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Trustees OK Engineering,
September 20, 1999
Two new programs were approved by the Board of Trustees last Tuesday, including a master of engineering degree and a master of arts degree in instructional media and technology to be offered in Hartford.
The new engineering degree will be offered both at Storrs and at selected industrial sites that meet the needs of corporations with a critical mass of professional engineers, said Fred J. Maryanski, interim chancellor.
"Via this degree program, the school of engineering is being responsive to the significant need of Connecticut's industries for a continuing graduate education program available to their engineering workforces," he said.
The program will require 28 graduate credit hours and a capstone project, and will fill a gap in the state for engineers, who have said that they like to subscribe to video or broadcast courses, but rather seek training where instructors are available to them and interaction plentiful, Maryanski said. The program will be self-supporting, he added.
The trustees also approved a master's degree in instructional media and technology to be offered by the Neag School of Education at locations in Hartford, including public schools and at the State Armory.
"To meet the growing need for 'just in time' advanced training that minimizes time away from the workplace, this program will enable remote locations to tap the expertise of the Storrs campus faculty," Maryanski said. The program will provide on-site professional development for teachers and prepare teachers for the telecommunicatio ns and technology infrastructure changes taking place in Connecticut schools, he added.
Both programs are subject to the approval of the state Department of Higher Education.
In other business, President Philip E. Austin announced that he is realigning the administrative structure to strengthen financial planning. The position of vice president for finance and administration held by Wilbur Jones, who is retiring on January 1, will be renamed vice president for financial planning and management, and will have oversight of the budgets of both the University and the Health Center. The change means that Dale Dreyfuss, vice chancellor for business and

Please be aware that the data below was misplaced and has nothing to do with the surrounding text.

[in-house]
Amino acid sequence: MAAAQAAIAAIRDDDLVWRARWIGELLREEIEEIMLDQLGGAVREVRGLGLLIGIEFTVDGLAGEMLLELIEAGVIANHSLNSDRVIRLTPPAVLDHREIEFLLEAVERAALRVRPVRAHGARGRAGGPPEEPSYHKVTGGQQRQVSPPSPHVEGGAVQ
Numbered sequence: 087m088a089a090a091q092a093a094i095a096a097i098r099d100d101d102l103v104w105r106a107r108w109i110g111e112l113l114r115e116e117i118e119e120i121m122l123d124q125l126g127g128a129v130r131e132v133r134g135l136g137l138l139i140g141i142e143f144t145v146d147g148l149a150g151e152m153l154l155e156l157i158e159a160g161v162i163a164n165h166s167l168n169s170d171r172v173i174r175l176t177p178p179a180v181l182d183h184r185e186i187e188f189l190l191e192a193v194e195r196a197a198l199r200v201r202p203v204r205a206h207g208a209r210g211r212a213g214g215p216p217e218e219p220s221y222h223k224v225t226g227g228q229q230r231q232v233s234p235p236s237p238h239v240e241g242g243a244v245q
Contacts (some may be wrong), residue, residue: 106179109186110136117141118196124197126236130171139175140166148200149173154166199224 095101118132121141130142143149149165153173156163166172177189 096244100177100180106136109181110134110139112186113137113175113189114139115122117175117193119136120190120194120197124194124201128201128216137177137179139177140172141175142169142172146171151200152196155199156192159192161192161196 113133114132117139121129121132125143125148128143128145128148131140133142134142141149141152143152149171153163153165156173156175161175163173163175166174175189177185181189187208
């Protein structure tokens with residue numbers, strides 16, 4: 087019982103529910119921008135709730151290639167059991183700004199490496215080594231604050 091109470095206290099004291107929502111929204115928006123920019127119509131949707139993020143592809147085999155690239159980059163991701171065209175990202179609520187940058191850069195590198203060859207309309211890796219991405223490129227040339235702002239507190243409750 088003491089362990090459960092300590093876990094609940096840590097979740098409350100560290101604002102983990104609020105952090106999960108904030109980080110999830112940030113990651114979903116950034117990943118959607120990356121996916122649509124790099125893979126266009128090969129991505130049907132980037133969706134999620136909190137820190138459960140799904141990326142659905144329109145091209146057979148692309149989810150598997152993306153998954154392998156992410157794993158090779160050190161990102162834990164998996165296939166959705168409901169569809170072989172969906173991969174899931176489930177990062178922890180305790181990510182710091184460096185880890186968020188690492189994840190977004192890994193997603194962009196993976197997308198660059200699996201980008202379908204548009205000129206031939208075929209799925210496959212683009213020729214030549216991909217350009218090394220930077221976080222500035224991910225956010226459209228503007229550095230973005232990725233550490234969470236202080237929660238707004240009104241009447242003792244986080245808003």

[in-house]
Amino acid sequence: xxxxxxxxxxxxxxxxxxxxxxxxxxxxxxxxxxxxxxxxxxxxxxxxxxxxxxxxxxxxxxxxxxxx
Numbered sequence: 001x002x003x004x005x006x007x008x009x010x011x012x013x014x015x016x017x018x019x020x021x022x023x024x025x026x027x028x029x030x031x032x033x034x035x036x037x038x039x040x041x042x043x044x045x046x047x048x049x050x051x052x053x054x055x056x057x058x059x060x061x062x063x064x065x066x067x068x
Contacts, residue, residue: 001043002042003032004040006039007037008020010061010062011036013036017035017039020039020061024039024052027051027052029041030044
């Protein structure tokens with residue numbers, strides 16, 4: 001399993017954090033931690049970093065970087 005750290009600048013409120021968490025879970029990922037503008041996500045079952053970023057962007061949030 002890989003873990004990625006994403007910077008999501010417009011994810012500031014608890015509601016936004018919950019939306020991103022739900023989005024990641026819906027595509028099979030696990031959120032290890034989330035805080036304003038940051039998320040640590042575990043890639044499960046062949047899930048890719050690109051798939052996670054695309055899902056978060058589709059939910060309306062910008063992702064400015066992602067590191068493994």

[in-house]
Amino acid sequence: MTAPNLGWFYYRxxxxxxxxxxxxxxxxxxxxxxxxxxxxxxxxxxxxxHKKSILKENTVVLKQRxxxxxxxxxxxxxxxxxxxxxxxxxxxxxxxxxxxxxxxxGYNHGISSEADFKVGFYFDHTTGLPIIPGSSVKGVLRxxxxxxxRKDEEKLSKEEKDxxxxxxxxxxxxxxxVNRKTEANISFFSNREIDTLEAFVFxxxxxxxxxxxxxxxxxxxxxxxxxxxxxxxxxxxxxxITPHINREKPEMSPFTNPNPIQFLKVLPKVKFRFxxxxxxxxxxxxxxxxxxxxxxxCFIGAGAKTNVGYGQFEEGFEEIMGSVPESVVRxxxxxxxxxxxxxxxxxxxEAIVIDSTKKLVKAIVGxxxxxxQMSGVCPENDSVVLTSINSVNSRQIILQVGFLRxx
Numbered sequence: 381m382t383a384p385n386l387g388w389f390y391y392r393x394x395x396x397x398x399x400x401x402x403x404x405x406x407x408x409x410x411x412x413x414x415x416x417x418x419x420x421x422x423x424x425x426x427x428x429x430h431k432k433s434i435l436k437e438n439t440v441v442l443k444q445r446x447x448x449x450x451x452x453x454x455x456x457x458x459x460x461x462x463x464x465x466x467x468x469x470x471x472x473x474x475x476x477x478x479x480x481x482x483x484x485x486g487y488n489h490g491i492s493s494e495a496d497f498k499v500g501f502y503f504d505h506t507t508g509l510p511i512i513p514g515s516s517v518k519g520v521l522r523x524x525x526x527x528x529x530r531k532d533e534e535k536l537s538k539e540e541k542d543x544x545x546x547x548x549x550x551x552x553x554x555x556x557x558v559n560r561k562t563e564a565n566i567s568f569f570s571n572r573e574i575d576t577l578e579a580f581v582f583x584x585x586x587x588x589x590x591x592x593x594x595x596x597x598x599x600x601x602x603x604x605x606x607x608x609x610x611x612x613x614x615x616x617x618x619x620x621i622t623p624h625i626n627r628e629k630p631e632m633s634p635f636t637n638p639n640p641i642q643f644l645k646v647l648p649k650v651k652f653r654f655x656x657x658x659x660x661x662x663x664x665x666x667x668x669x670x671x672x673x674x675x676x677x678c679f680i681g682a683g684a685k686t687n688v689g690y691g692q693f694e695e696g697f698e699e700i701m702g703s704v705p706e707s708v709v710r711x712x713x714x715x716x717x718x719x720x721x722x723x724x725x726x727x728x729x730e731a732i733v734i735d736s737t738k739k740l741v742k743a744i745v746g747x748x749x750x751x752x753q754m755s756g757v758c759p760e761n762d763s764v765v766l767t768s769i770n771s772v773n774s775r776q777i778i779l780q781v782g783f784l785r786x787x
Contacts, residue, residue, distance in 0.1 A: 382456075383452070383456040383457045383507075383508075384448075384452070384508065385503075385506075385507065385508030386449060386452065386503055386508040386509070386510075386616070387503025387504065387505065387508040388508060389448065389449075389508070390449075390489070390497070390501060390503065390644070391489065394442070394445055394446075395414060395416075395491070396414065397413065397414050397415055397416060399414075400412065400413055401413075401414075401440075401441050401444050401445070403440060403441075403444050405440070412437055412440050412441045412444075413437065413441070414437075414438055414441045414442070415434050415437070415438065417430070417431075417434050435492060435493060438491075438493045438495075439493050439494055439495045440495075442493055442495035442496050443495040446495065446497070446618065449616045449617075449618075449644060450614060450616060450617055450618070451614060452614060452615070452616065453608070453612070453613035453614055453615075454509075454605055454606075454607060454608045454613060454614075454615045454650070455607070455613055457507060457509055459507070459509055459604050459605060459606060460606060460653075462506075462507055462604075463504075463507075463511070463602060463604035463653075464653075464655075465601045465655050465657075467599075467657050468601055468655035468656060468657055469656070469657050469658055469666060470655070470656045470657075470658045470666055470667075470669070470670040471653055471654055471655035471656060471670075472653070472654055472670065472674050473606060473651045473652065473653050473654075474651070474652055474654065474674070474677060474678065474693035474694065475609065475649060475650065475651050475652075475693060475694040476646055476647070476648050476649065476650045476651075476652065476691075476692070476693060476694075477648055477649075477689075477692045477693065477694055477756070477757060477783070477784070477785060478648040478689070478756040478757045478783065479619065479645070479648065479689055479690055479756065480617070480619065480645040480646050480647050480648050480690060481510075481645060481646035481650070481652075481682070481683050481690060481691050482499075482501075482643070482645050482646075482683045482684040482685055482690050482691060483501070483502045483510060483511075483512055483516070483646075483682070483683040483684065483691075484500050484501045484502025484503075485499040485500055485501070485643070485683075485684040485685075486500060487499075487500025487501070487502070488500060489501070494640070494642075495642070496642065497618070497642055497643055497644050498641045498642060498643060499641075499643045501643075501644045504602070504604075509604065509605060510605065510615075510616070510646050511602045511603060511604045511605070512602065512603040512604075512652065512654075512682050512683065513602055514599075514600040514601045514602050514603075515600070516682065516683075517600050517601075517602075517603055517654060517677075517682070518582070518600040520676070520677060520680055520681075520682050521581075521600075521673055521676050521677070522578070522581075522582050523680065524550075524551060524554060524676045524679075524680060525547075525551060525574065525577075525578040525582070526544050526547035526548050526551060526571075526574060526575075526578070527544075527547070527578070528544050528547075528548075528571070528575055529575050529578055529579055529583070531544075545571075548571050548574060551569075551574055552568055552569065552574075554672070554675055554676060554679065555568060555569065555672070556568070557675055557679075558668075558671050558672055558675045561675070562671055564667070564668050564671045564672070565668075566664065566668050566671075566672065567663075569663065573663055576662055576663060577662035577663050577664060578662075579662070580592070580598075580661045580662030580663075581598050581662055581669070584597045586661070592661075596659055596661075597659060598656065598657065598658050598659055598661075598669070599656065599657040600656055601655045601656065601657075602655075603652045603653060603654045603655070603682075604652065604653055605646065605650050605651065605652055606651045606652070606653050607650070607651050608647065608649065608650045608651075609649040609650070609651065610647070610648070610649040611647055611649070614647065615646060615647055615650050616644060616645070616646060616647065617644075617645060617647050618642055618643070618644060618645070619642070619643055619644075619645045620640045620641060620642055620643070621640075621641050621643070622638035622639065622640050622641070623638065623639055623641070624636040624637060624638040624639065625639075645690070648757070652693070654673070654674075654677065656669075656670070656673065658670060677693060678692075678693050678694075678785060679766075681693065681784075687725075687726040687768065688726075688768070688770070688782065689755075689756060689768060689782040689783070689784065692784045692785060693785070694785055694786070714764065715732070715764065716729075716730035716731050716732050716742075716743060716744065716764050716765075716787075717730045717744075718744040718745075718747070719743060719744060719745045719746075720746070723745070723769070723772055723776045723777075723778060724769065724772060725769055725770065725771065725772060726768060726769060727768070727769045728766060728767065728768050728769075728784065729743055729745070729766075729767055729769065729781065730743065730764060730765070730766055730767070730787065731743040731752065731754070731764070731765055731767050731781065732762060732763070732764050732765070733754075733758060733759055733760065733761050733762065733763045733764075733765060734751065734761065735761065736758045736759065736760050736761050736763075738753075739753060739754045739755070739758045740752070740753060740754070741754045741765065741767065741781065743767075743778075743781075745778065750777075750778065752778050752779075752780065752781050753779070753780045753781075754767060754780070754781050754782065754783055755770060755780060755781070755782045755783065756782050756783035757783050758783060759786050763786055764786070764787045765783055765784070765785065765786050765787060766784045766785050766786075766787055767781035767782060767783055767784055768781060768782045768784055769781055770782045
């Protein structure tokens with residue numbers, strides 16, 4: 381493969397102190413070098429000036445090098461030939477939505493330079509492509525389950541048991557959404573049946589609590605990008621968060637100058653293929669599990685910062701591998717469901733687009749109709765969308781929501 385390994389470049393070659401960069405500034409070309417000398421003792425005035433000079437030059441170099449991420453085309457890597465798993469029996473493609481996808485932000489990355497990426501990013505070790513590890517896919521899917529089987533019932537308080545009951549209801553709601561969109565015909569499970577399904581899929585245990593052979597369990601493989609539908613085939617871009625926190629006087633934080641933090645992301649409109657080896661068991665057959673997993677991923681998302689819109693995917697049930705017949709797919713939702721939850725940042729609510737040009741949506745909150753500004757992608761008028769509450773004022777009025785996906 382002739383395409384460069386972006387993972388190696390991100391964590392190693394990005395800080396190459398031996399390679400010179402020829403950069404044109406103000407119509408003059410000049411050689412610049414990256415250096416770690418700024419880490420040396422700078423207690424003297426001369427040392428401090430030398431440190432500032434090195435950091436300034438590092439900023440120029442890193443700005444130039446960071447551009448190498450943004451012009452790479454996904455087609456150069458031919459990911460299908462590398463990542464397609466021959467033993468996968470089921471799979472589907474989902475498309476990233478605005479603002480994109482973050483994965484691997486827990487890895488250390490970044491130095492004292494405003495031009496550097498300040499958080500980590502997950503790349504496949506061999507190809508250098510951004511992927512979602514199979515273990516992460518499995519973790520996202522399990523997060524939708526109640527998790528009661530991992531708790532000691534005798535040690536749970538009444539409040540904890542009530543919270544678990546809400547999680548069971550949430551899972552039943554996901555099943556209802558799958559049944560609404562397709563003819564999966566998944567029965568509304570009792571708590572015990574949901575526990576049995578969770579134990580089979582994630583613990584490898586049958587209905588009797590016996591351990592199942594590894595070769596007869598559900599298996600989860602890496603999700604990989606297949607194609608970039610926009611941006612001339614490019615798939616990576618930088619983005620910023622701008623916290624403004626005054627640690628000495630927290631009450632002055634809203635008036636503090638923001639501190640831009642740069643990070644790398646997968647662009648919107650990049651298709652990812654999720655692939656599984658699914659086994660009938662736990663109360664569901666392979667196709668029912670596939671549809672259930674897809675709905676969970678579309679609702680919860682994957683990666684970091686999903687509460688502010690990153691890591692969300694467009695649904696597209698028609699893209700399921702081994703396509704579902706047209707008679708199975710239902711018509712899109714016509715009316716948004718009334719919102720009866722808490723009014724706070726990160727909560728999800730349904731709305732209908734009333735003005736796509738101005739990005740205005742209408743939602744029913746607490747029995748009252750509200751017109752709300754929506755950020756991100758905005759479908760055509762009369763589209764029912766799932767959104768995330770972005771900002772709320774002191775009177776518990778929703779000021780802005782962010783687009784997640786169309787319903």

administration, and Larry Wilder, senior vice chancellor for health affairs administration and chief financial officer, will report to Lori Aronson, associate vice president for institutional advancement, who will assume the new position on January 2.
The changes, which require a by-laws change to be voted on in November, charge the vice president for financial planning and management with overseeing capital and operating budget development, monitoring and reporting on the budget, managing the University's bond financing of capital projects, and oversee the execution of major financial agreements.
The changes will "clarify the financial reporting structure within the organization, strengthen my capacity to assure the institution's fiscal stability and foster a closer linkage of Health Center and other University fiscal operations," Austin said.
Also at the meeting, in various administrative reports, the trustees were told that:
Karen A. Grava